Cash, compassion and morality

Are morals at risk when we ignore the panhandler?

March 18, 2012|Dan Rodricks

I was a passenger in a car on Thursday morning, and we stopped for a fill-up at a gas station on North Charles Street in Baltimore, a block up from North Avenue. I was on the phone while the driver purchased and pumped the gasoline. A young, male panhandler tried to make eye contact with me through the passenger's side window, but I avoided being drawn into his tractor beam.

Some panhandlers appear broken and docile, some seem impatient and even angry; some have yellow heroin eyes or some other form of medicated stare. This one seemed a little frustrated by a series of rush-hour rejections.

Had I a mind to, I might have advised the panhandler against seeking donations from people paying nearly $4 a gallon for gasoline. Certainly there must be other locations where potential donors would be less cash-conscious and in more generous moods.

Instead, I stayed focused on the phone call and ignored the panhandler's pleading eyes.

Call me cold-hearted, but, yes, I skipped this one. In fact, I've ignored many panhandlers over the years. For one thing, I often have nothing to give because I go days at a time without cash in my wallet or coins in my pocket. Sometimes the timing is bad, or I don't like the way I've been approached, or I'm in a lousy mood, or I make the instant judgment that my dollar will likely go to booze or dope. I'm sure I'm not the only Baltimore denizen who makes a decision about giving to a panhandler on a case-by-case basis, just as there are some who never give, and some who give every time.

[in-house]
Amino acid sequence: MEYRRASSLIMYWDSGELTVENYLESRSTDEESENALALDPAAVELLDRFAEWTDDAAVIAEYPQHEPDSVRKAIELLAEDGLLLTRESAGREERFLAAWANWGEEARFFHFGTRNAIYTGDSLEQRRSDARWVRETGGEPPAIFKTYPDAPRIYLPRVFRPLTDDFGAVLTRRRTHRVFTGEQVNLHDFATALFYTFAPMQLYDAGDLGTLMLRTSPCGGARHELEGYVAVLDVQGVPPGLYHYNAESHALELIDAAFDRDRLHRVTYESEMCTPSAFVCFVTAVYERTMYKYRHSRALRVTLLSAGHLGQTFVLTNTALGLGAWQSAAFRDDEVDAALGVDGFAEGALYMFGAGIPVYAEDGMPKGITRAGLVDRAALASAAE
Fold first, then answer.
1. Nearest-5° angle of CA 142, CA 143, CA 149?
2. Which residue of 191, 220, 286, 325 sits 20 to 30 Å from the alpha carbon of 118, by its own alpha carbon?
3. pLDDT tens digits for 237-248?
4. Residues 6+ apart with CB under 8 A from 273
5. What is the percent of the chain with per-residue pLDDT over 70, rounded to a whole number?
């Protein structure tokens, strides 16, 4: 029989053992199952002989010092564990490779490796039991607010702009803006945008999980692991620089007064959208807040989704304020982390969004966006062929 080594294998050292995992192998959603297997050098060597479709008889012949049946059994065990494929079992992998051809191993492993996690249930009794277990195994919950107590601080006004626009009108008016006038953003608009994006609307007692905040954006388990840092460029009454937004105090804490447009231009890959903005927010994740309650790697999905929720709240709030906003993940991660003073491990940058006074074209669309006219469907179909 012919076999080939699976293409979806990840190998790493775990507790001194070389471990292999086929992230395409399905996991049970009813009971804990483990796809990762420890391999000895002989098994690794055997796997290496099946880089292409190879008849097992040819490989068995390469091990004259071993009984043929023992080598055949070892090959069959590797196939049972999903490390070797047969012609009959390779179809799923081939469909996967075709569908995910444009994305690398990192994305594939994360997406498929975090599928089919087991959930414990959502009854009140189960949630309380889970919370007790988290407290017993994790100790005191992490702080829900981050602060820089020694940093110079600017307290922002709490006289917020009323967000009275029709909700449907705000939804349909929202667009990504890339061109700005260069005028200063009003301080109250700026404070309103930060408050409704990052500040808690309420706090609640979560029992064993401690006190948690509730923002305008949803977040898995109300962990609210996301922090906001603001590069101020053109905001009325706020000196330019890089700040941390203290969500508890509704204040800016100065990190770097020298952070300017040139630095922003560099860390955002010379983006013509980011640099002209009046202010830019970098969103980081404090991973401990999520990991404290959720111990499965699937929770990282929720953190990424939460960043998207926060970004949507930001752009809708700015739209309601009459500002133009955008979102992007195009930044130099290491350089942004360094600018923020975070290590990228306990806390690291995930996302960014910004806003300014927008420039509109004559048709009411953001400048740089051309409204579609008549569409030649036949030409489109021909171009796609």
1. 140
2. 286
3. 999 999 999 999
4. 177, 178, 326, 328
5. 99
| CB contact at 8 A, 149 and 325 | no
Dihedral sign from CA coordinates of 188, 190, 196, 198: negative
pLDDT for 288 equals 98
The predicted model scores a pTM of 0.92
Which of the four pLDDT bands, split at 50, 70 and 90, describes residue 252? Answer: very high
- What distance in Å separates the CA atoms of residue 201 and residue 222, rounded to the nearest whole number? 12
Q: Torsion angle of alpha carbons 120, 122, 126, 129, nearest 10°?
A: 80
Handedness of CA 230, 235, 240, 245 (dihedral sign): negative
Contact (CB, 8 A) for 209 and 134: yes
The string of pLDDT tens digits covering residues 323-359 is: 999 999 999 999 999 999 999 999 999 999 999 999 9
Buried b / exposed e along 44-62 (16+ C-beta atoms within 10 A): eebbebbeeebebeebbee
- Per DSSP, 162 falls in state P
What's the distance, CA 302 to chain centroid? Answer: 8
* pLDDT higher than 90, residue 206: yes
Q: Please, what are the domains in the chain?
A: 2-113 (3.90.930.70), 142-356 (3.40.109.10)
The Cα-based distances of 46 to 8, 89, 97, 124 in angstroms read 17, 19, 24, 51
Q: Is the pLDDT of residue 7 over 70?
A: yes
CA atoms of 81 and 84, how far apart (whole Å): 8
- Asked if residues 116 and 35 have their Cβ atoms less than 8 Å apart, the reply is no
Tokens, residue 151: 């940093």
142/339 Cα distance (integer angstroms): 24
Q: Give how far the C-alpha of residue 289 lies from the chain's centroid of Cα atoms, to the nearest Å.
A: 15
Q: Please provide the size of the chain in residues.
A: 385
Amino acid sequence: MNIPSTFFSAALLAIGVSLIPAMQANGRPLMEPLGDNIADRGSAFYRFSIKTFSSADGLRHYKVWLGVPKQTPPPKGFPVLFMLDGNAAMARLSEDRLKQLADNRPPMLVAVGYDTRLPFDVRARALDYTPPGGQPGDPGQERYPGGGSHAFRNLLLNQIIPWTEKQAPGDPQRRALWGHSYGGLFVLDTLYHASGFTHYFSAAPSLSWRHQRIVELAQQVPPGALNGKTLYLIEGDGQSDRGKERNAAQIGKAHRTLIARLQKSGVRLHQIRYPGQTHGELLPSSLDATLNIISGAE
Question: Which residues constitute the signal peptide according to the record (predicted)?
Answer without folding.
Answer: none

I've compared notes with all kinds of people on this subject over the years. Those who hold the strongest opinions believe that giving to panhandlers is wrong. They say it's better to teach a man to fish than to give him a cod. And I agree. But how many of them take the time to give fishing lessons?

Now comes a new study from the University of North Carolina with a warning to those of us who refuse the panhandler all the time, or even — gadzooks! — some of the time: Each time you say no, you might be killing morality cells.

"When people suppress compassionate feelings, they lose a bit of their commitment to morality," is the study's conclusion.

It was published in Psychological Science, a journal of the Association for Psychological Science (APS), which describes its mission as the advancement of "scientifically oriented psychology in research, application, teaching, and the improvement of human welfare." The study — by Keith Payne, an associate professor of psychology at the University of North Carolina, Chapel Hill, and Daryl Cameron, a graduate student in social psychology — looked at the connection between compassion and morality, callousness and immorality.

"Compassion is such a powerful emotion," Mr. Cameron said in a summary of the study. "It's been called a moral barometer."

In fact, compassion and empathy — an appreciation of the suffering of others — may form the foundation of morality. And, if that's the case, then suppressing compassion and empathy should make people feel less moral, countering all those who claim moral high ground by refusing panhandlers or condemning "welfare."

That's what Mr. Cameron and Mr. Payne found in their experiments and psychological tests at UNC: People who had suppressed compassion were immediately thereafter "much more likely to either care less about being moral or to say that it's all right to be flexible about following moral rules."

Some of us are just too busy with work and career — or vexed by the price of gas — to be sweet to panhandlers on a daily basis. It's the human condition. Many of us suffer from chronic compassion fatigue and choose not to be so generous all of the time.

"Many of us do this in daily life," Mr. Cameron says, "whether it's declining to give money to a homeless person, changing the channel away from a news story about starving people in a far-off land, or otherwise failing to help someone in need. ... To the degree that suppressing compassion changes how people care about or think about morality, it may put them more at risk for acting immorally."

Now there's something you don't see every day: a scientific study supporting something we read in the Old Testament. OMG.

Dan Rodricks' column appears Tuesdays, Thursdays and Sundays. Follow him on Twitter @DanRodricks or on Facebook

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